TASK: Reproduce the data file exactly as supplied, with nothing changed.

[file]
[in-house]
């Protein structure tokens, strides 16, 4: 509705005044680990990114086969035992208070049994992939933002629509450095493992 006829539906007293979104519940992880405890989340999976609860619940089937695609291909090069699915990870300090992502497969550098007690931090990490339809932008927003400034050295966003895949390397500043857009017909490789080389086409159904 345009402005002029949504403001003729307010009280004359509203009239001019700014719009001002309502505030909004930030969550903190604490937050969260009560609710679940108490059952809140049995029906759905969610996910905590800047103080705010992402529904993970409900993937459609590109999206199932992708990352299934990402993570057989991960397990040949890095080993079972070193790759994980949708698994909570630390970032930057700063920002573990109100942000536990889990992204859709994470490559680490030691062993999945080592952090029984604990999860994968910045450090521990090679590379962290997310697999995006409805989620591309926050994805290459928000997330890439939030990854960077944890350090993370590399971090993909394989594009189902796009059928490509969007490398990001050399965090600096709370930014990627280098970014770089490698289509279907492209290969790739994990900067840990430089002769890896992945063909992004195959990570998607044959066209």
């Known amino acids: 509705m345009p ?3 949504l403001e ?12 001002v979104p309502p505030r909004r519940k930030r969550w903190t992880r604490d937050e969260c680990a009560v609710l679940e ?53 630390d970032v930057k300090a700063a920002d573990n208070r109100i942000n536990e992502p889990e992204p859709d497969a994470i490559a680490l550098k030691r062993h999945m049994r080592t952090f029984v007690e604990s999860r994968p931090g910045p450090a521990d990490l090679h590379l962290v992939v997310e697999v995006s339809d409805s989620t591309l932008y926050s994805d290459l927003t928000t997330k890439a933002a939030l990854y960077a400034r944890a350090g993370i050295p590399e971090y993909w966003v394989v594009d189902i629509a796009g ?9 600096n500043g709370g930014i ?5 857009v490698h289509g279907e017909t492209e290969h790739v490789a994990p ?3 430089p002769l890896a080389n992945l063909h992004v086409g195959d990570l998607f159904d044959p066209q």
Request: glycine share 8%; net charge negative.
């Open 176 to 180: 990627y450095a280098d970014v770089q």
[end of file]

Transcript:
[in-house]
């Protein structure tokens, strides 16, 4: 509705005044680990990114086969035992208070049994992939933002629509450095493992 006829539906007293979104519940992880405890989340999976609860619940089937695609291909090069699915990870300090992502497969550098007690931090990490339809932008927003400034050295966003895949390397500043857009017909490789080389086409159904 345009402005002029949504403001003729307010009280004359509203009239001019700014719009001002309502505030909004930030969550903190604490937050969260009560609710679940108490059952809140049995029906759905969610996910905590800047103080705010992402529904993970409900993937459609590109999206199932992708990352299934990402993570057989991960397990040949890095080993079972070193790759994980949708698994909570630390970032930057700063920002573990109100942000536990889990992204859709994470490559680490030691062993999945080592952090029984604990999860994968910045450090521990090679590379962290997310697999995006409805989620591309926050994805290459928000997330890439939030990854960077944890350090993370590399971090993909394989594009189902796009059928490509969007490398990001050399965090600096709370930014990627280098970014770089490698289509279907492209290969790739994990900067840990430089002769890896992945063909992004195959990570998607044959066209």
């Known amino acids: 509705m345009p ?3 949504l403001e ?12 001002v979104p309502p505030r909004r519940k930030r969550w903190t992880r604490d937050e969260c680990a009560v609710l679940e ?53 630390d970032v930057k300090a700063a920002d573990n208070r109100i942000n536990e992502p889990e992204p859709d497969a994470i490559a680490l550098k030691r062993h999945m049994r080592t952090f029984v007690e604990s999860r994968p931090g910045p450090a521990d990490l090679h590379l962290v992939v997310e697999v995006s339809d409805s989620t591309l932008y926050s994805d290459l927003t928000t997330k890439a933002a939030l990854y960077a400034r944890a350090g993370i050295p590399e971090y993909w966003v394989v594009d189902i629509a796009g ?9 600096n500043g709370g930014i ?5 857009v490698h289509g279907e017909t492209e290969h790739v490789a994990p ?3 430089p002769l890896a080389n992945l063909h992004v086409g195959d990570l998607f159904d044959p066209q």
Request: glycine share 8%; net charge negative.
């Open 176 to 180: 990627y450095a280098d970014v770089q």